Getting or staying fit is challenging for older folks who may not want to go out and walk because they feel frail or fearful of crime or slippery streets or other hazards. All kinds of things conspire against keeping them as fit as they’d like. They may feel out of place at the gym, and other activities they might have enjoyed may be out of reach for them. They may lack transportation. They may tire easily. All kinds of things conspire against keeping them as fit as they’d like.

Enter the video game.

Video game? Yes, seniors who can be convinced to take advantage of these innovations can use them to improve balance, flexibility, muscle strength, mood and brain functioning. The Nintendo Wii system uses sensors inside controllers and a video sensor on top of the system’s video monitor to allow games to be controlled by bodily motion, as opposed to the traditional joystick and buttons. A league of senior citizens playing Wii bowling may not burn a lot of calories, but the participants are doing something they love that is good for their bodies.

In the Woodland Pond retirement community in New Paltz, residents from their sixties through their nineties are doing a variety of activities in structured Wii classes. “We are constantly looking for new and better workout solutions to offer our residents,” said Mary Jo Murray, the community’s wellness nurse. “The Wii classes engage them visually, and they enjoy the variety of music that goes with the games.”

Wii tennis, golf and dance are on the schedule, too. “These classes are different because they allow you to be competitive, which spices up the workout,” said Louise Mandy, a Woodland Pond resident.

Gentle exercise

The Wii-based activities boost motivation, inspiring older people to get out of their chairs and have fun. More and more retirement homes around the country are adding this inexpensive feature. Seniors who may have given up bowling or golf can take it up again in their cozy home. Less strenuous and taxing on the body, Wii provides a gentle way to exercise that retains all of exercise’s benefits. And it’s social as well.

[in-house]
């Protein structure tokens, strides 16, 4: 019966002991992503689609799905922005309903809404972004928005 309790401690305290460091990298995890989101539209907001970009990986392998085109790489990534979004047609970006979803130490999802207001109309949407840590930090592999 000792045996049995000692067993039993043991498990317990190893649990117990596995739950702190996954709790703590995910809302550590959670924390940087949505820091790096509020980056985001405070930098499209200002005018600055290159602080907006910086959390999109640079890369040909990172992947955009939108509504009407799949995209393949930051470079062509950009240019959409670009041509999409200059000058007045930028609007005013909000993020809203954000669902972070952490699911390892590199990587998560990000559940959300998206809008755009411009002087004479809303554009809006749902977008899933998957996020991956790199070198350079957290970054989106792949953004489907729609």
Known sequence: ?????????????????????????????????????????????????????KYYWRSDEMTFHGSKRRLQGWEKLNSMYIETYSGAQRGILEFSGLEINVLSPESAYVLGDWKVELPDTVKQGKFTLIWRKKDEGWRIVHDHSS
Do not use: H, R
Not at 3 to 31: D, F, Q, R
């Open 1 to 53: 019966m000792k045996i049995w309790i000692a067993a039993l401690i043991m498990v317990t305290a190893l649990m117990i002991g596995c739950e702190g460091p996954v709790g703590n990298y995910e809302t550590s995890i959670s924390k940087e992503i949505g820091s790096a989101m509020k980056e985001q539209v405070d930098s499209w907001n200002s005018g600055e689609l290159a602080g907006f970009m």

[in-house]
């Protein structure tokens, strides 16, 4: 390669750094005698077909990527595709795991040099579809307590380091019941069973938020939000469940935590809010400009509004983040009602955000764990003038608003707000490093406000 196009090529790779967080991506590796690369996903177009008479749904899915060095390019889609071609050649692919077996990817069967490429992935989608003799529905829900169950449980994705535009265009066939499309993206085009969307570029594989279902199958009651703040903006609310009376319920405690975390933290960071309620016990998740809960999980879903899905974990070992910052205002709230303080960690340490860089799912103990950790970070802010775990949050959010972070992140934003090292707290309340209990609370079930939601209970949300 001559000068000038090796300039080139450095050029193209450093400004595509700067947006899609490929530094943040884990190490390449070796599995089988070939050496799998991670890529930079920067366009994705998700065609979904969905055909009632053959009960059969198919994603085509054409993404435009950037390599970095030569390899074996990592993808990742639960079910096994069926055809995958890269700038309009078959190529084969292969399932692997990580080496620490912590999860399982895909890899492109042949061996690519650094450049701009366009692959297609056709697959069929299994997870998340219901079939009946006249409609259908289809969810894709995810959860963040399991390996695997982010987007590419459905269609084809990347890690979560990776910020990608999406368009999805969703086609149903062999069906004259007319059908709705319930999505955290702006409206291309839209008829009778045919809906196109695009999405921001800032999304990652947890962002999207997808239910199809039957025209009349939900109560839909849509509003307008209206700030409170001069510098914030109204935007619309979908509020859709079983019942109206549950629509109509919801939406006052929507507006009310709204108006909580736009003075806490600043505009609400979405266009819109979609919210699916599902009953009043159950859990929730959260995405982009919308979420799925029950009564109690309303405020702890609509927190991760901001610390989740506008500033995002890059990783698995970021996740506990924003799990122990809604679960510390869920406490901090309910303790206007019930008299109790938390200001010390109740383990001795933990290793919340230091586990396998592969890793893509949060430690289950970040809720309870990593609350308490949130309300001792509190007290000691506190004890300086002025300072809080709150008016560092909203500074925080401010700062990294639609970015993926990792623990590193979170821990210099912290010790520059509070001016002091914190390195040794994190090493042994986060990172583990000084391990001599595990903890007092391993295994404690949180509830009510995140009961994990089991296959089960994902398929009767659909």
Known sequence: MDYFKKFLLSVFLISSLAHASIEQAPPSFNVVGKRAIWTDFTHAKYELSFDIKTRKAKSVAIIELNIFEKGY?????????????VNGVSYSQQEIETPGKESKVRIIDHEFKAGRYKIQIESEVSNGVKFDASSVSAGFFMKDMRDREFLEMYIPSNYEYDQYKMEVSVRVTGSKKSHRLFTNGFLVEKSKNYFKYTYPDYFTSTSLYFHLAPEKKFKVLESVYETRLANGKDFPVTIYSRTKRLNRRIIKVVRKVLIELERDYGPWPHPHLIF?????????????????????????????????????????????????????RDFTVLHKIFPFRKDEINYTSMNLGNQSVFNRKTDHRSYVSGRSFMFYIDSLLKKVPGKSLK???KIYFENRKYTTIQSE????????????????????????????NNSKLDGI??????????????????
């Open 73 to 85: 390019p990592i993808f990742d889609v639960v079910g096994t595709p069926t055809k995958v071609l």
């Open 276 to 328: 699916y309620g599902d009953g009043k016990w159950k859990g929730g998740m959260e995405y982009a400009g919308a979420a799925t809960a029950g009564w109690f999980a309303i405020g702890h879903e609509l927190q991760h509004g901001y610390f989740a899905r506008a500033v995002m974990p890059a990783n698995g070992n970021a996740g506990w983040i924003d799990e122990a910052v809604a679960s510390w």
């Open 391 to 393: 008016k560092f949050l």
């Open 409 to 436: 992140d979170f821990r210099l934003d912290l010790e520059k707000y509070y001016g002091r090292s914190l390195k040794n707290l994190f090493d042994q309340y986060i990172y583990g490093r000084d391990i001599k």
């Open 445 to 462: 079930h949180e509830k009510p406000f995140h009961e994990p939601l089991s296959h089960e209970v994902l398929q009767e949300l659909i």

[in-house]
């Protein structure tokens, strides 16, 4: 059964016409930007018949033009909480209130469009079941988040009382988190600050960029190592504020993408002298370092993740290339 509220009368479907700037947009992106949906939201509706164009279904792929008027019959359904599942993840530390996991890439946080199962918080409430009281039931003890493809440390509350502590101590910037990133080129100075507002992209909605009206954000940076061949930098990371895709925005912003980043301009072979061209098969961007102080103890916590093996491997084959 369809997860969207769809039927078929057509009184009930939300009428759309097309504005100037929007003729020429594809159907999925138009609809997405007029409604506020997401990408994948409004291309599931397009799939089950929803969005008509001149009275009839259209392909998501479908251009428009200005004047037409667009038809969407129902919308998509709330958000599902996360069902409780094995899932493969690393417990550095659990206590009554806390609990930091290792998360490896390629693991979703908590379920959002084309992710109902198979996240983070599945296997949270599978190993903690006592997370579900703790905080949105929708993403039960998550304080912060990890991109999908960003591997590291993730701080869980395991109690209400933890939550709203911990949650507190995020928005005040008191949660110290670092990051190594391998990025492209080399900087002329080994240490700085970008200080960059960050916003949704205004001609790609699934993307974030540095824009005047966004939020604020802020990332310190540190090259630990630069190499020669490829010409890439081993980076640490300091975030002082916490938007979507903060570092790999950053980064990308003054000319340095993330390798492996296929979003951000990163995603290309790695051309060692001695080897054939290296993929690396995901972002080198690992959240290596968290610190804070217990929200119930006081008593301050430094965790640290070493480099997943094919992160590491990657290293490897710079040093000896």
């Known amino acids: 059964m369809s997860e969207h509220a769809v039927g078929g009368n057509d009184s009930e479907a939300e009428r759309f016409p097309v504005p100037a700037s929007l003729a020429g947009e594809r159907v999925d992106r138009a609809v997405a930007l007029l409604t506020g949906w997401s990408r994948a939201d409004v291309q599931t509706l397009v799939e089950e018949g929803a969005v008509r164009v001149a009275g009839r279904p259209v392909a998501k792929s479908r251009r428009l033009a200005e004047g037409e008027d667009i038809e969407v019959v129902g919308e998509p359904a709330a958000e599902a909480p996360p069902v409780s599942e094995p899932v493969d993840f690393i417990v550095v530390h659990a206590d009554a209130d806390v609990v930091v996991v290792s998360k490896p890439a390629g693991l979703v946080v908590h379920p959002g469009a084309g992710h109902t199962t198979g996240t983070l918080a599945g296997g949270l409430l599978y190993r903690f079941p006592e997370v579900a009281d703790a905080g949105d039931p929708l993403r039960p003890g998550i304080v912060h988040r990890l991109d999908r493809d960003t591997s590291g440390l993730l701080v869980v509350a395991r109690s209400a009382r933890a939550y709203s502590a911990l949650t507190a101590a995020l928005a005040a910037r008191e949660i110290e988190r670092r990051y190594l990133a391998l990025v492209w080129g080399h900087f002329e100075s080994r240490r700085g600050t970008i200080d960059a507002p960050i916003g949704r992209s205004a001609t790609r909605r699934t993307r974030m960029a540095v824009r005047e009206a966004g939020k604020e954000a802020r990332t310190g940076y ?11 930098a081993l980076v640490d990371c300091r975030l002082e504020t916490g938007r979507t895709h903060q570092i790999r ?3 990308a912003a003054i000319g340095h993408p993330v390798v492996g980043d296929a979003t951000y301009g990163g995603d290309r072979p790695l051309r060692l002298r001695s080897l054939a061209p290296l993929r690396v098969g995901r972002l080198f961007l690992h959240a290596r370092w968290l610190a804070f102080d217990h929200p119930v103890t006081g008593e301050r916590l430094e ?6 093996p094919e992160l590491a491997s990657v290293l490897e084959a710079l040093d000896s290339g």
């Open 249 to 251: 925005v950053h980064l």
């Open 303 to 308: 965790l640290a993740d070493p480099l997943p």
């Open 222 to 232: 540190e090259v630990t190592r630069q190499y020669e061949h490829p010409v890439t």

Playing the games can make people feel young at heart. Playing Wii, whether alone at home or in a residential center, can help reduce depression, improve mobility and balance, and lessen falls. It can increase mental sharpness and memory, plus providing the novelty of something new gives the brain a boost. It helps hand-eye coordination, reflexes and attention skills. The added social interaction is good for cognitive function as well.

Wii comes with a sports package that includes bowling, baseball, boxing, tennis and golf. Wii Sports Resort adds swordplay, wakeboarding, Frisbee, archery, basketball, ping-pong, power cruising, canoeing, cycling and skydiving. So anyone who may have previously enjoyed any of these activities can re-live some of the movements and some of the fun involved in doing them. Wii Fit Plus adds yoga and strength training. Big Brain Academy provides competitive games involving memory, quick thinking, numbers and visual recognition.

One component of Wii is a balance board seniors can stand on to test their center of balance and percentage of body weight. Just a few extra minutes of exercise a day adds benefit.

Various exercise classes

Besides the Wii classes, Woodland Pond residents can do water aerobics, water walking, strength, dance movement, yoga, chi kung and sit and fit. They can also go for strolls in New Paltz. The Walkway Over the Hudson is another destination.

“All movement has positive effects that we can benefit from,” said Murray. “You may not be able to run, but if you can walk even just a distance around your home, that helps with circulation and sleep.”

Seniors who are not a resident of such a facility can take exercise classes especially geared toward their needs. IXL in Saugerties offers classes that are free with membership. Silver Sneakers, held on Mondays at 3:30 p.m. and Thursdays at 11 a.m., is for older adults who want to improve their strength, flexibility, balance and endurance. There is a Silver Sneakers yoga stretch class on Fridays at 11 a.m.

The Rhinebeck branch of the fitness center offers a senior fitness class on Mondays, Wednesdays and Fridays at 11 a.m. which involves a low-impact aerobic class that begins with a gradual warm-up and leads into varying strengthening exercises followed by an aerobic conditioning segment. In Rhinebeck, Silver Sneakers is on Tuesdays at 3:30 p.m. and Thursdays at 1:15 p.m.

Woodland Pond is at 100 Woodland Pond Circle in New Paltz. Call 877-505-9800 or go to wpatnp.org. Find the Saugerties IXL at 3139 Route 9W or by calling 246-6700. The Rhinebeck IXL is at 3752 Route 9G or 876-4100. Find information on either at www.ixlhealthandfitness.com